Report of the International SCOPE Nitrogen Project
Author: Alan R. Townsend
Publisher: Springer Science & Business Media
Inputs of nitrogen to terrestrial and aquatic ecosystems have increased several-fold over the last one hundred and fifty years, with the steepest increases during the last four decades. The expansion of fertilizer manu facture and use, the increase in fossil fuel combustion, the intensification of animal husbandry, and widespread cultivation of N2 fixing crops have all contributed to the dramatic increase in N inputs. The increase has been most rapid in Northern Hemisphere (NH) temperate ecosystems, but presently subtropical and tropical regions of Asia are also experiencing an explosive increase in N inputs to terrestrial ecosystems (W. Chameides, pers. comm. ; Galloway et al. 1996). Projected increases in N deposition for these trop ical and subtropical regions, with a high natural background of N inputs, exceed increases projected for temperate and arctic regions (Cleveland et al. submitted; Galloway et al. 1994; Holland & Lamarque 1997a). Compared to biological N fixation, N deposition is becoming a proportionately greater source of N to terrestrial and aquatic ecosystems worldwide (Vitousek et al. 1997). 6 The nitrogen contained in the atmosphere as N , 3. 9 * 10 Tg (Tg = 2 12 10 g), is the largest reservoir of N in the Earth system (Warneck 1988). However, this paper focuses on the nitrogen emissions and deposition that have been transformed from N2 into reactive forms that are biologically avail able (e. g. Vitousek et al. 1997).
The nearly 150-year-old sport of cycling had its first competition in France in 1868. Soon afterward, the need arose for purpose-built cycling tracks because of poor road conditions at the time. Racing on blocked off pieces of street or grass soon evolvedinto racing on special tracks called velodromes. This development marked the split into what are still the two main forms of cycling competition: road racing and track racing. Initially, track cycling was more popular in terms of public attention and money to be earned by racers, but this gradually changed in favor of road racing, which has been the most popular form of cycling since at least the end of World War II. The Historical Dictionary of Cycling takes a closer look at the sport, as well asdiscussing the use of bicycles as a means of fitness, touring, and commuting. This is done through a chronology, an introductory essay, appendixes, photos, a bibliography, and over 500 cross-referenced dictionary entries on cycling's two main disciplines—road and track—as well as brief overviews of the other forms of cycling. This book is an excellent access point for students, researchers, and anyone wanting to know more about cycling.
Cycling's vast history is a fascinating mix of gripping sporting moments, inspired pursuits, and a whole host of heroes, hellions, and legend-makers. A Ride Through the Greatest Cycling Stories brings together the most important, memorable, and intriguing moments of cycling's illustrious past. From the death of the great Fausto Coppi through to the dominance of Sir Bradley Wiggins and the intrepid pursuits of iconic cyclists on the peaks of the Tour de France, cycling historian Giles Belbin brings together the most important, memorable, and intriguing moments of the sport’s illustrious past. With striking illustrations throughout, each inspired by the stories told, this is a sporting treasure trove of human virtue, vice and cycling trivia.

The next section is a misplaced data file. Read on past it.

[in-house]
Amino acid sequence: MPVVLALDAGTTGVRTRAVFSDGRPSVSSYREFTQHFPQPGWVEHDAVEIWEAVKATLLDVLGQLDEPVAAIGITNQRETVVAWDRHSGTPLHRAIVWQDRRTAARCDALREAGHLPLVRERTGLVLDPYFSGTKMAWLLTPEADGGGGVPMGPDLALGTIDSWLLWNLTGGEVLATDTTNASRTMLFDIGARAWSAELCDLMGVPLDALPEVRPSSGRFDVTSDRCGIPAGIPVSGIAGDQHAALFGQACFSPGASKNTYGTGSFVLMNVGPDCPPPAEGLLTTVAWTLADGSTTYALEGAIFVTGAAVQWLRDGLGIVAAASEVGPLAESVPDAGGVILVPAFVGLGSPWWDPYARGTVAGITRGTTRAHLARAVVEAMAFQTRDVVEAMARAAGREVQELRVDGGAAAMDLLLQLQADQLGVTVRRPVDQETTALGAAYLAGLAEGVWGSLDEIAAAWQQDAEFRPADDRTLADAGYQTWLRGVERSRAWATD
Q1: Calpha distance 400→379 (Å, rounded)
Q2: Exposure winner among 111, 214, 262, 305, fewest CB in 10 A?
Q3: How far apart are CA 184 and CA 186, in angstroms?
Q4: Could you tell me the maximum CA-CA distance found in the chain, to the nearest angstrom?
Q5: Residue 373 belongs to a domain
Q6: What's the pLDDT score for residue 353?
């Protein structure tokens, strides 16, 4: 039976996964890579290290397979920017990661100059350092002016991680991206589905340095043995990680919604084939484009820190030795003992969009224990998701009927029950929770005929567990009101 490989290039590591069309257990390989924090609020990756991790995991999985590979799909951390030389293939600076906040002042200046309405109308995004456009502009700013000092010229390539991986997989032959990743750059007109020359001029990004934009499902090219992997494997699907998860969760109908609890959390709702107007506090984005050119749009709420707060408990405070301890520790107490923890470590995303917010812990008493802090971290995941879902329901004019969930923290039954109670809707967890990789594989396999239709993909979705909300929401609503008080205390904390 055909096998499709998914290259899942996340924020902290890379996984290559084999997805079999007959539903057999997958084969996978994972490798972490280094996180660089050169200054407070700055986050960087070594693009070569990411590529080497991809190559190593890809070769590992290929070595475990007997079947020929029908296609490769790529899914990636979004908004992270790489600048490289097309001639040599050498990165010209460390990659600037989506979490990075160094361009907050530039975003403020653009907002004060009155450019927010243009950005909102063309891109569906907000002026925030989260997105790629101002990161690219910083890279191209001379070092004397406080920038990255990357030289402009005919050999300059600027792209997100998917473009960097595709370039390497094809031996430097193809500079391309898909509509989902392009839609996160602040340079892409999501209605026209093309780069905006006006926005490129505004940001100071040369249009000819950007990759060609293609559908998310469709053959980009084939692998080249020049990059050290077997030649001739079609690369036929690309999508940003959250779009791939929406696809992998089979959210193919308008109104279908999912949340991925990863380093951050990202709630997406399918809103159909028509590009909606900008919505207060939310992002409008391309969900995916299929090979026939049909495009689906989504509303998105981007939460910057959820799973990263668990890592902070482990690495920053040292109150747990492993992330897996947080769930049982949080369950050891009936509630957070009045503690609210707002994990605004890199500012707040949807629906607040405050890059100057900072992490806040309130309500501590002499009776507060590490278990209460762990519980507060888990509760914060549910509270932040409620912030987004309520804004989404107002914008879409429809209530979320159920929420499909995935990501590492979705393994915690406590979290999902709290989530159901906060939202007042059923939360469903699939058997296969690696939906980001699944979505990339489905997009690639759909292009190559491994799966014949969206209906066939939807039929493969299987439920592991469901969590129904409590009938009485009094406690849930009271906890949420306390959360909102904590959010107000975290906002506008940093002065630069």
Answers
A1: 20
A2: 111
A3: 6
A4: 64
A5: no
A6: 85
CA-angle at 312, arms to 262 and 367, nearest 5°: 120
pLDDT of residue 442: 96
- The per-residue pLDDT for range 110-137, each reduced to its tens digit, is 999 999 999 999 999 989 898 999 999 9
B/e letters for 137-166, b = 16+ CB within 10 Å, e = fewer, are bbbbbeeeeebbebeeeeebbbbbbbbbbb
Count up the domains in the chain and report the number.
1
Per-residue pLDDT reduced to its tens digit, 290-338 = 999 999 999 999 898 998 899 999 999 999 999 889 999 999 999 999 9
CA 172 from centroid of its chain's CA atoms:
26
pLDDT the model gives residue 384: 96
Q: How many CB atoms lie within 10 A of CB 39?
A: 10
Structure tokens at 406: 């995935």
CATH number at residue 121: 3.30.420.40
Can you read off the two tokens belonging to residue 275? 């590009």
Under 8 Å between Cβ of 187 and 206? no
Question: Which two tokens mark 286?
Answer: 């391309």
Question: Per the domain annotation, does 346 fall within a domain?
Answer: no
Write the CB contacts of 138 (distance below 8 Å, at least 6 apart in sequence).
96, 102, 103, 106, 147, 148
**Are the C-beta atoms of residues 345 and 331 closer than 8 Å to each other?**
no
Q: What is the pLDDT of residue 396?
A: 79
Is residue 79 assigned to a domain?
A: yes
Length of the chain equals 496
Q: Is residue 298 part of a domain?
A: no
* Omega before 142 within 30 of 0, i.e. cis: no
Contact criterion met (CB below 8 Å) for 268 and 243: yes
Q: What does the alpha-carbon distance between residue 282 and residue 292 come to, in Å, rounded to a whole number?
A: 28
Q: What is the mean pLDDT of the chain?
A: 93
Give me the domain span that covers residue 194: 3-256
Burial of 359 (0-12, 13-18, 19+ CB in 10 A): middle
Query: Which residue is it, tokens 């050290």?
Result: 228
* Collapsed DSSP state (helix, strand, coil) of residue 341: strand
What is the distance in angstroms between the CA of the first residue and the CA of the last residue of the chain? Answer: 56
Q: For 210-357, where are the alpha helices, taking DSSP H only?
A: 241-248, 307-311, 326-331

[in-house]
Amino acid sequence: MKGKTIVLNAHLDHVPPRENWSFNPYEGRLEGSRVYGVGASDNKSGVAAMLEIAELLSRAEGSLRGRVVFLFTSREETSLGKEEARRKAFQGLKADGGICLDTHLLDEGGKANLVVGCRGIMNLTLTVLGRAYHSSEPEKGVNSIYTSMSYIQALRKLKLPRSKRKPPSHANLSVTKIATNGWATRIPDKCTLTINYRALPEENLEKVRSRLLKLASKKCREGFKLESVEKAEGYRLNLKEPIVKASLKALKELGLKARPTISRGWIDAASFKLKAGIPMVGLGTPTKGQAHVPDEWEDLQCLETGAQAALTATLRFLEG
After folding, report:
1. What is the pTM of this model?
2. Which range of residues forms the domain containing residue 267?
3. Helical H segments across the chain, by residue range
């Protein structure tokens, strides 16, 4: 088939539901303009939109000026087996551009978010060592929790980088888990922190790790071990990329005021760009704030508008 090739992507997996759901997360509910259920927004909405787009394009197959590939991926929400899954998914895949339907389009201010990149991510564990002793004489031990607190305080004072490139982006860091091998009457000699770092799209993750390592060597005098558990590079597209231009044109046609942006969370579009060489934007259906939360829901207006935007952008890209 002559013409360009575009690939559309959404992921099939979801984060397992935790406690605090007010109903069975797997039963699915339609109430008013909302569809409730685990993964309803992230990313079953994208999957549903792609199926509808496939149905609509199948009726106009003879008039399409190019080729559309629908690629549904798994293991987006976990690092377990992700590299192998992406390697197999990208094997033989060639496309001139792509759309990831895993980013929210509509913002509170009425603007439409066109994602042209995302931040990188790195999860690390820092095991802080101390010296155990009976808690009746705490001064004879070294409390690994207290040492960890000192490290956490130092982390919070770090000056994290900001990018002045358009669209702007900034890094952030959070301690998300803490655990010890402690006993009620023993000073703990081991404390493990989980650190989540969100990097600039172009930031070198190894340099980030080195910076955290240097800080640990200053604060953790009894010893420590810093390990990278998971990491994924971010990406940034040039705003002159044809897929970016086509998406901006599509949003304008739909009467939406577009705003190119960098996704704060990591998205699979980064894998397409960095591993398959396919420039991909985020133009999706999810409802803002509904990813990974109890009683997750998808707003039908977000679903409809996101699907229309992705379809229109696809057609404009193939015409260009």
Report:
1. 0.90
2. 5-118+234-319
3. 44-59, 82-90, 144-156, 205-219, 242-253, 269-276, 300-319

THE ULTIMATE GUIDE TO CYCLING IN FIVE VOLUMES Volume One of The Cycling Anthology, a collection of the best writing on cycling by some of the sport's leading writers. Between them, they’ve covered hundreds of Tours de France and written dozens of excellent books and some have even ridden the Tour. Now, their work is showcased together for the first time. Volume One features original and exclusive pieces by leading cycling writers, including: - William Fotheringham disects Bradley Wiggins' transformation from track superstar to becoming the first Briton to win the Tour de France - David Millar discusses retirement and dark secrets as his friends' careers start to fade - Daniel Friebe uncovers the fascinating role statistics has to play in cycling - Jeremy Whittle follows Team Sky to assess the Lance Armstrong's legacy to the sport
This guidebook describes a 240km cycle ride along the length of the Canal du Midi in southern France. Starting at Toulouse in the Haute Garonne and finishing at Sète on the Mediterranean Coast, the route is divided into five stages of about 50km. It is a flat, car-free and picturesque route mainly on the towpath, and is suitable for all abilities. The guide is written for those who want to explore the canal and visit attractions along the way. There are lots of optional detours to sites of interest near the canal, as well as six longer excursions including fortified Carcassone, Roman Narbonne, Vendres lagoon and the Portiragnes marshes. Detailed route descriptions are crammed with additional information about points of interest passed, and 1:200,000 scale maps clearly show the route for each stage of the way. Begun in 1666 the Canal du Midi is one of the world's most picturesque waterways and a World Heritage Site. This is 'La France Profonde', a region rich in history and culture, as seen in the grand homes and chateaux that grace the water's edge, and the fascinating Cathar strongholds of Carcassone, Lastours and Minerve.